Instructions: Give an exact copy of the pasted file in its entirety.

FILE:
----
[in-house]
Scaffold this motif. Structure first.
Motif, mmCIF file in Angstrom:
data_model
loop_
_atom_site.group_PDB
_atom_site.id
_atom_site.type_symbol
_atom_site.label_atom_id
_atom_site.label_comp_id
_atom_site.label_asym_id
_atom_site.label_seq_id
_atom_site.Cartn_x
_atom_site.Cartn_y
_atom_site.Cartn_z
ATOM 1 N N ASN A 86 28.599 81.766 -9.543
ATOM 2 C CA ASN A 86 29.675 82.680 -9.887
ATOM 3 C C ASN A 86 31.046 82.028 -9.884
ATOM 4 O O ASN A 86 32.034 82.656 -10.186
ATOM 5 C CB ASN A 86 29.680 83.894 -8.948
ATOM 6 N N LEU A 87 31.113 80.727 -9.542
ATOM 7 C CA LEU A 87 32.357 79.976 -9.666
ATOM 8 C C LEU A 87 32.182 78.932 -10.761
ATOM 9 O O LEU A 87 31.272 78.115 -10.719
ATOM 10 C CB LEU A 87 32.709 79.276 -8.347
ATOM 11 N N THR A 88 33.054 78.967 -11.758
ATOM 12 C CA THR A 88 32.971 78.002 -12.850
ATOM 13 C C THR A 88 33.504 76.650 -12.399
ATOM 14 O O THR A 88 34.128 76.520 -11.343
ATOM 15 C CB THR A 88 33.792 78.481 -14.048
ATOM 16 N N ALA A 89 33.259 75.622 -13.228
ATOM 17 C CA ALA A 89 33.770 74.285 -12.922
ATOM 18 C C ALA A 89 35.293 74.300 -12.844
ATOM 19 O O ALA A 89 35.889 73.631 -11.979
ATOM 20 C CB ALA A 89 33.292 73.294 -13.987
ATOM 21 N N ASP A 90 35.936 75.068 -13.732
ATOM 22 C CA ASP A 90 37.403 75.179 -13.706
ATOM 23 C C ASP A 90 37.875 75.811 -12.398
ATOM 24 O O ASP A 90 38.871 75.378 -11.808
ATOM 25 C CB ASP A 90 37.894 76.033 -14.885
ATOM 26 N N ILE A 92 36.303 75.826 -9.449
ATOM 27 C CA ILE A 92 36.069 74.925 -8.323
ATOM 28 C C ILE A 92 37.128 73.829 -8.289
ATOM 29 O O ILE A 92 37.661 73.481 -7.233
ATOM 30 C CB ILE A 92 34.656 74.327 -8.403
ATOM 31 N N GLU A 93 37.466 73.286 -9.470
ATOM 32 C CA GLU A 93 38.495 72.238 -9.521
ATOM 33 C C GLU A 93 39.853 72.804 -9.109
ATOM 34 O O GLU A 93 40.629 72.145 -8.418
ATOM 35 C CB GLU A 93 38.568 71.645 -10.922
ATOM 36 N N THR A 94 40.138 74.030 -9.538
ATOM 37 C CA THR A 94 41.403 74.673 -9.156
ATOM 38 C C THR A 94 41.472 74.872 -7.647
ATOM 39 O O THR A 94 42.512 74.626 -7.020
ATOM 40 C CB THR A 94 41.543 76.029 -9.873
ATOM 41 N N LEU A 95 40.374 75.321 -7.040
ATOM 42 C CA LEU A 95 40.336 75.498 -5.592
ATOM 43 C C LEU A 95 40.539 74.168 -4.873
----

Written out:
[in-house]
Scaffold this motif. Structure first.
Motif, mmCIF file in Angstrom:
data_model
loop_
_atom_site.group_PDB
_atom_site.id
_atom_site.type_symbol
_atom_site.label_atom_id
_atom_site.label_comp_id
_atom_site.label_asym_id
_atom_site.label_seq_id
_atom_site.Cartn_x
_atom_site.Cartn_y
_atom_site.Cartn_z
ATOM 1 N N ASN A 86 28.599 81.766 -9.543
ATOM 2 C CA ASN A 86 29.675 82.680 -9.887
ATOM 3 C C ASN A 86 31.046 82.028 -9.884
ATOM 4 O O ASN A 86 32.034 82.656 -10.186
ATOM 5 C CB ASN A 86 29.680 83.894 -8.948
ATOM 6 N N LEU A 87 31.113 80.727 -9.542
ATOM 7 C CA LEU A 87 32.357 79.976 -9.666
ATOM 8 C C LEU A 87 32.182 78.932 -10.761
ATOM 9 O O LEU A 87 31.272 78.115 -10.719
ATOM 10 C CB LEU A 87 32.709 79.276 -8.347
ATOM 11 N N THR A 88 33.054 78.967 -11.758
ATOM 12 C CA THR A 88 32.971 78.002 -12.850
ATOM 13 C C THR A 88 33.504 76.650 -12.399
ATOM 14 O O THR A 88 34.128 76.520 -11.343
ATOM 15 C CB THR A 88 33.792 78.481 -14.048
ATOM 16 N N ALA A 89 33.259 75.622 -13.228
ATOM 17 C CA ALA A 89 33.770 74.285 -12.922
ATOM 18 C C ALA A 89 35.293 74.300 -12.844
ATOM 19 O O ALA A 89 35.889 73.631 -11.979
ATOM 20 C CB ALA A 89 33.292 73.294 -13.987
ATOM 21 N N ASP A 90 35.936 75.068 -13.732
ATOM 22 C CA ASP A 90 37.403 75.179 -13.706
ATOM 23 C C ASP A 90 37.875 75.811 -12.398
ATOM 24 O O ASP A 90 38.871 75.378 -11.808
ATOM 25 C CB ASP A 90 37.894 76.033 -14.885
ATOM 26 N N ILE A 92 36.303 75.826 -9.449
ATOM 27 C CA ILE A 92 36.069 74.925 -8.323
ATOM 28 C C ILE A 92 37.128 73.829 -8.289
ATOM 29 O O ILE A 92 37.661 73.481 -7.233
ATOM 30 C CB ILE A 92 34.656 74.327 -8.403
ATOM 31 N N GLU A 93 37.466 73.286 -9.470
ATOM 32 C CA GLU A 93 38.495 72.238 -9.521
ATOM 33 C C GLU A 93 39.853 72.804 -9.109
ATOM 34 O O GLU A 93 40.629 72.145 -8.418
ATOM 35 C CB GLU A 93 38.568 71.645 -10.922
ATOM 36 N N THR A 94 40.138 74.030 -9.538
ATOM 37 C CA THR A 94 41.403 74.673 -9.156
ATOM 38 C C THR A 94 41.472 74.872 -7.647
ATOM 39 O O THR A 94 42.512 74.626 -7.020
ATOM 40 C CB THR A 94 41.543 76.029 -9.873
ATOM 41 N N LEU A 95 40.374 75.321 -7.040
ATOM 42 C CA LEU A 95 40.336 75.498 -5.592
ATOM 43 C C LEU A 95 40.539 74.168 -4.873